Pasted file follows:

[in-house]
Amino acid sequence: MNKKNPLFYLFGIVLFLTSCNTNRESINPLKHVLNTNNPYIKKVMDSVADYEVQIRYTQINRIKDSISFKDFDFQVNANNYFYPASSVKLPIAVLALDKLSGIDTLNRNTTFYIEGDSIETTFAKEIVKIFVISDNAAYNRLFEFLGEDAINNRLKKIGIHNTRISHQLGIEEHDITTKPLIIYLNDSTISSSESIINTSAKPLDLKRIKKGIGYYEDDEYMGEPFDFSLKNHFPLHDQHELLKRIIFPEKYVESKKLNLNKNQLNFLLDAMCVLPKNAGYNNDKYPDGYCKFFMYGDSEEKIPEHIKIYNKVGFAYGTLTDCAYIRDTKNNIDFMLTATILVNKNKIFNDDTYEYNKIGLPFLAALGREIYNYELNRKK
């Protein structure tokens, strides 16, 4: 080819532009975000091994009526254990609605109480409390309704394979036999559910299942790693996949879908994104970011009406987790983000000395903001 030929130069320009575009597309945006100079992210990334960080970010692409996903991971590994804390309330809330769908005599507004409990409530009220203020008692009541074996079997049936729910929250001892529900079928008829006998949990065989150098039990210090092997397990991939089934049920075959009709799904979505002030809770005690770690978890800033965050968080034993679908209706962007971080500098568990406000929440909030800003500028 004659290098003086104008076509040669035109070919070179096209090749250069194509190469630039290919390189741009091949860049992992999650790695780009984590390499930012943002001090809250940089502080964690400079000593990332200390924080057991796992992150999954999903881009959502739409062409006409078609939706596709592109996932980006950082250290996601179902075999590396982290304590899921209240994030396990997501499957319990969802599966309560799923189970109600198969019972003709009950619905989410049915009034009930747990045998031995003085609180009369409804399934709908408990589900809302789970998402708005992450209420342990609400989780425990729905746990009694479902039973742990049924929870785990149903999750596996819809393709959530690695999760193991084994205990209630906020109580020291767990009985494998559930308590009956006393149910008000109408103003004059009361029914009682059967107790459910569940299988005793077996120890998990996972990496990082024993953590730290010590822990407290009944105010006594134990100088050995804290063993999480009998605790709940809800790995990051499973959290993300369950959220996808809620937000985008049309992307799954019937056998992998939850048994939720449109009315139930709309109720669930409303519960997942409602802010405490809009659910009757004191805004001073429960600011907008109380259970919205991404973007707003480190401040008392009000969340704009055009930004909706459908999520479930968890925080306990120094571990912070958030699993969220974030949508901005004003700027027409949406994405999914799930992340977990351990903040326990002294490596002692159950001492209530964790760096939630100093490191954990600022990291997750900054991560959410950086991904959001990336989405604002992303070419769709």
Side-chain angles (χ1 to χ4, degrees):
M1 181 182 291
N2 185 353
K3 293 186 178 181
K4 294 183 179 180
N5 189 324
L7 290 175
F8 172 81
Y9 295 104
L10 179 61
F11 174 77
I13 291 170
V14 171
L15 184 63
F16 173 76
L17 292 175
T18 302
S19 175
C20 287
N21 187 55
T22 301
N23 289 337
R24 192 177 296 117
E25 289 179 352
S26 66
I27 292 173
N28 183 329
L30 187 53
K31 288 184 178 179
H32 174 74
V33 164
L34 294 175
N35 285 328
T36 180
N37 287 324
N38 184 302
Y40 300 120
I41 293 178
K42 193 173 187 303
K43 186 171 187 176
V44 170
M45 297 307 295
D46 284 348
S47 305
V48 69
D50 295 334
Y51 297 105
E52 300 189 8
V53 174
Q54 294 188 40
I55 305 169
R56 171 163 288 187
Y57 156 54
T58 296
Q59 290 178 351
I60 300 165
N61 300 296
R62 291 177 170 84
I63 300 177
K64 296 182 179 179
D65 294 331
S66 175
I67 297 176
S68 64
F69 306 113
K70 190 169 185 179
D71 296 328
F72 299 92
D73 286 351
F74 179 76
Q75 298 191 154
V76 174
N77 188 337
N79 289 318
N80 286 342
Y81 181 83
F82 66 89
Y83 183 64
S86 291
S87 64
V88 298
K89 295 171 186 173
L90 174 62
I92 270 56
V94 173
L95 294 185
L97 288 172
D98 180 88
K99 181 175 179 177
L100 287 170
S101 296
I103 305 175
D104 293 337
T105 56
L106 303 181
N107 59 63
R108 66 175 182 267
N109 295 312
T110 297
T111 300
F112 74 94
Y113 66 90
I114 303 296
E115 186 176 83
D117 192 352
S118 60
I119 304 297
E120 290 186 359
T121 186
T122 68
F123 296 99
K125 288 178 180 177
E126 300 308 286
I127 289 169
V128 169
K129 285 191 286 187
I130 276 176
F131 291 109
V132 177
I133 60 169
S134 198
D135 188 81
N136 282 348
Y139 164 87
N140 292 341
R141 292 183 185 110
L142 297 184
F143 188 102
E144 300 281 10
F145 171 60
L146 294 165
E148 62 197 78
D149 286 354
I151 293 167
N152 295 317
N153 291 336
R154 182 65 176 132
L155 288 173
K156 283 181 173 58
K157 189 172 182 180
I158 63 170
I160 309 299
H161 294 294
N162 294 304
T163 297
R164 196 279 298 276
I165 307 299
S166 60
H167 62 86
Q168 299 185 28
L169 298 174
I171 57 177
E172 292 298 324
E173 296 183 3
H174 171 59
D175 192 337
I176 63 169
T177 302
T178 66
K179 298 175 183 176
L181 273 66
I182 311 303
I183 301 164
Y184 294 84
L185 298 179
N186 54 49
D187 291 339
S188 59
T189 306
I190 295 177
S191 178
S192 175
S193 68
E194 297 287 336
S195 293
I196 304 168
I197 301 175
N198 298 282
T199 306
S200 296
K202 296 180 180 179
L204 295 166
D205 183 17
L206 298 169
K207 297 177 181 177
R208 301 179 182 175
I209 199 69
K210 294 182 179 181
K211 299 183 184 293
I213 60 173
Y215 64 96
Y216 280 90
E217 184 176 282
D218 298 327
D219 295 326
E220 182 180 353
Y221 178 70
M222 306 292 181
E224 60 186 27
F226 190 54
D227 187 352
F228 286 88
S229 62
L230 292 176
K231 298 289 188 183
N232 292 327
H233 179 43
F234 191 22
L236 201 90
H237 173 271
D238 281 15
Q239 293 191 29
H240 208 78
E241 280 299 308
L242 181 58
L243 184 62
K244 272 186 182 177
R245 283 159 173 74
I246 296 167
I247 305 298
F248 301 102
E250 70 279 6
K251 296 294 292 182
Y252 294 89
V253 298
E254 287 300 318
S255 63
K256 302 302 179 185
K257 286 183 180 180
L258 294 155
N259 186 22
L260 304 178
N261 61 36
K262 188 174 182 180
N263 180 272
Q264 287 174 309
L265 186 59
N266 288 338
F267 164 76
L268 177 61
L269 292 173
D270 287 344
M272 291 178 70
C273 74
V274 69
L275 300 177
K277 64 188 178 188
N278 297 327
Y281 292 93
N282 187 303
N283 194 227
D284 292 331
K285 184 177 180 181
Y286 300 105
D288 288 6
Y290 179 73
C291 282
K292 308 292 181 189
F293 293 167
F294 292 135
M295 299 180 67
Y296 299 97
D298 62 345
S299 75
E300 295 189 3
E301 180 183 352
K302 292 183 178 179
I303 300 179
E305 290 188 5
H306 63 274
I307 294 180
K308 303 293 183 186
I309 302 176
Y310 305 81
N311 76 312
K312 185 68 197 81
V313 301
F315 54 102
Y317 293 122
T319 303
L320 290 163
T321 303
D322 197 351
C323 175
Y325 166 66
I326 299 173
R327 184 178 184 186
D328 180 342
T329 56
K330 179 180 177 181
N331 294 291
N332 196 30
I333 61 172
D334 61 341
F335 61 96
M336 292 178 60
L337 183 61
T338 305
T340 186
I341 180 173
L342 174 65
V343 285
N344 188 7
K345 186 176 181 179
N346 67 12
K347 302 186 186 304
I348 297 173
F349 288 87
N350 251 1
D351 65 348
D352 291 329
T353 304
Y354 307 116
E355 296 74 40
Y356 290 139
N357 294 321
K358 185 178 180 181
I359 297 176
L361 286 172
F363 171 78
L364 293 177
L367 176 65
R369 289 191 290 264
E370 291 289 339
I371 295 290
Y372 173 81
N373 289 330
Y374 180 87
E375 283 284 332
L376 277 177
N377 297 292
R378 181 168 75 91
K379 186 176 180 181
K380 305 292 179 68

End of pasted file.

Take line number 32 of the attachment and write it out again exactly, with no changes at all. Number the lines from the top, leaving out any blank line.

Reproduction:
K31 288 184 178 179